Containers require different backup procedures than traditional servers or even virtual machines, but it's going to take a while for the new ways to be sorted out.
The process for backing up containers is different from backing up virtual machines or conventional servers, and there's a lot to learn if your perspective has always been regular storage, experts say.
Traditional vendors that make backup software—think of IBM, EMC, Veritas, Commvault, and so on—are starting to figure out their container backup strategies, while startups such as Kasten are attempting to specialize in it.
It's vital to understand the differences. Two stand out—the people using the software, and the contents of which data is being protected.
"I'd start with the 'Who are the users?' question," said Greg Van Hise, storage software technical strategist at IBM. "It's the application developers, it's the Kubernetes administrators who we talk about here. They're interested in operating in the same kind of environment that they're used to," unlike traditional backup processes, which would be controlled by IT staff.
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On the content side, "You need to focus on the complete application. You can't just focus on the disks or the volumes underneath it," explained Niraj Tolia, CEO of Kasten. Regular backup software that's made for servers or even for virtual machines can't handle applications live across clouds, he noted. Also, where most backup programs operate by putting agent code on every server, that's not a scalable approach to work with containers that tend to be rolled out in larger quantities, he said.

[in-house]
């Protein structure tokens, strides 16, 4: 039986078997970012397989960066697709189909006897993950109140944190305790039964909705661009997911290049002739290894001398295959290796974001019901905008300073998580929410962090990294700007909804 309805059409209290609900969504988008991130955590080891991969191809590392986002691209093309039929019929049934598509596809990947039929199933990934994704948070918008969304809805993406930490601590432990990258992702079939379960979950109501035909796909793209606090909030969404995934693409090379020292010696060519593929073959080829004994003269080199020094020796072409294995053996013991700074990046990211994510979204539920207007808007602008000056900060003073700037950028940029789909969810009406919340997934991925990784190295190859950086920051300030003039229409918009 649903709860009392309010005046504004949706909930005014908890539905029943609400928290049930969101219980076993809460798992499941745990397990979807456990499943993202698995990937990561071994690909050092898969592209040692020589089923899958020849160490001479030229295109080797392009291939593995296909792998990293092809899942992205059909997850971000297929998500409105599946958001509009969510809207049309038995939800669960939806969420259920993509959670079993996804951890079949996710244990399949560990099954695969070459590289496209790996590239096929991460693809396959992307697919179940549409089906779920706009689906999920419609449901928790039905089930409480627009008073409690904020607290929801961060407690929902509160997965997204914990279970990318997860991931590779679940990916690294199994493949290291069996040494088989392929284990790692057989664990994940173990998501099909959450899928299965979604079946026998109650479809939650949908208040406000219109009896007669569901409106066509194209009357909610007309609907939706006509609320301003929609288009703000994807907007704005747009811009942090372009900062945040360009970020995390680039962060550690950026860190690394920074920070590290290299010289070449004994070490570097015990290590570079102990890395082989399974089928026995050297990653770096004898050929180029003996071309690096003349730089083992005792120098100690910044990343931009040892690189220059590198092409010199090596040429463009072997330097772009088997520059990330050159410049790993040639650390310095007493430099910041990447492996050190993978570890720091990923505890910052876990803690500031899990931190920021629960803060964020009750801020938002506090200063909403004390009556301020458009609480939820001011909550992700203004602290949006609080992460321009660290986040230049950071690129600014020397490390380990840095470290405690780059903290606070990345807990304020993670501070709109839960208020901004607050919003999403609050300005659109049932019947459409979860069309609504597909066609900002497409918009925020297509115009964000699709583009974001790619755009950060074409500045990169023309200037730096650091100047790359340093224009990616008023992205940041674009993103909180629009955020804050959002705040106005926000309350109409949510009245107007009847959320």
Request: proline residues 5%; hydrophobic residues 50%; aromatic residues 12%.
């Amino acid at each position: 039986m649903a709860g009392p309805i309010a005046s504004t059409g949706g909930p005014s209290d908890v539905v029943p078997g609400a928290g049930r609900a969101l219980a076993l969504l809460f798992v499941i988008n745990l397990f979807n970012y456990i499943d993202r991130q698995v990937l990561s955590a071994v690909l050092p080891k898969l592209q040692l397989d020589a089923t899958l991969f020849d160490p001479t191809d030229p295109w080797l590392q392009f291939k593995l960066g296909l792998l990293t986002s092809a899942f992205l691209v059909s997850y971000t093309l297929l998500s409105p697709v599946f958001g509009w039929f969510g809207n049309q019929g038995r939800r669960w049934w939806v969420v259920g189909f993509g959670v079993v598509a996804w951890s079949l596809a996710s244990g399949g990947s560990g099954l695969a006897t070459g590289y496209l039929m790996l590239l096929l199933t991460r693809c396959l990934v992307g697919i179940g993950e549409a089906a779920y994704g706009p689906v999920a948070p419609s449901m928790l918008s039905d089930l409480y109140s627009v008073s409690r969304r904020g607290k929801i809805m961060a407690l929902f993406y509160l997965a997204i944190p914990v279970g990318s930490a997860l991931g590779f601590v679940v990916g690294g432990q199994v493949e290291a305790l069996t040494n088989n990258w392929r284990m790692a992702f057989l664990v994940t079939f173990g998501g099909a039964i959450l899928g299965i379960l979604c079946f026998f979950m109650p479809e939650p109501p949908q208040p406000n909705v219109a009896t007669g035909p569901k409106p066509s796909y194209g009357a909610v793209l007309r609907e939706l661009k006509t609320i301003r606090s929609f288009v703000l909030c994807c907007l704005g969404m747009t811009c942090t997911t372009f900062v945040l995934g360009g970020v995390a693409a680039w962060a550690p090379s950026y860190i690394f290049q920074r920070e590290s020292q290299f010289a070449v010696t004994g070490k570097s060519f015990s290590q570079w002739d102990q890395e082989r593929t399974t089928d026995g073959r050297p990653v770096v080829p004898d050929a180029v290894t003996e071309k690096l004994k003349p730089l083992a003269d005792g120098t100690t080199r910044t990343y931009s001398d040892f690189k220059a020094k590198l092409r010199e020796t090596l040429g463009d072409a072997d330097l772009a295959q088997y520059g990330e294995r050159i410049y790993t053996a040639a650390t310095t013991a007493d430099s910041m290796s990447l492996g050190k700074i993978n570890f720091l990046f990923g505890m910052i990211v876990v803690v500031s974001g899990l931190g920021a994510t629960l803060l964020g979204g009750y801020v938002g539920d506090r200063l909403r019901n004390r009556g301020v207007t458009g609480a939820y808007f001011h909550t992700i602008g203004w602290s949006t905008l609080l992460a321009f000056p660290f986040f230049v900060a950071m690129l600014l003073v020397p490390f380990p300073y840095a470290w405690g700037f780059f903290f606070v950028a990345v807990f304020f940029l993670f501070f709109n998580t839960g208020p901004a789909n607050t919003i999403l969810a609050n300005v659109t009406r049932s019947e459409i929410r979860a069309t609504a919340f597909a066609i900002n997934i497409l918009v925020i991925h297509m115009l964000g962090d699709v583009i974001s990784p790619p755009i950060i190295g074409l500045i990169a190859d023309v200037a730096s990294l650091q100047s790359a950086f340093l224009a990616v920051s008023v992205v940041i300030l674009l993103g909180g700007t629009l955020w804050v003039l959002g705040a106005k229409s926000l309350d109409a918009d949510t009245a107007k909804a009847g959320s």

Another consideration is the Container Storage Interface (CSI), which debuted two years ago.is that all mainstream brands of orchestration engine, which arranges resources between containers and hardware, could communicate with storage in the same way. Standards that derive directly from the storage industry tend not to succeed, but CSI comes from the container companies themselves and seems to be gaining traction, IBM's Van Hise stated.
IBM, for its part, has a small amount of off-the-shelf container backup ability in its Spectrum line of backup software—currently the company uses VMware support to capture volumes associated with Kubernetes clusters, and they can do some scripting for coordination. Later this year IBM is releasing new software that is more Kubernetes-specific. For now, van Hise said he wants customers to get educated about use cases, recovery times, and recovery points.
SEE: How secure are your containerized apps? (ZDNet)
Both Van Hise and Tolia said container backup data can be put to use while it's waiting around to be needed in the usual way. It can be shared as a developer's sandbox for testing new code so the original is not disturbed. That trend is also happening with traditional backups, but perhaps not as quickly.
Kasten (its name is German for container) isn't the only startup working on this—another one is Nuvoloso (from the Italian for cloudy), which remains stealthy until later this year. Nuvoloso CTO Stephen Manley said he thinks containers will need more time to evolve from being new-wave development tools to becoming standard IT practice. Networking and security are their own challenges in addition to backup, he noted. "It'll take years," he said. "There's so many bowling pins to knock down on the way there."
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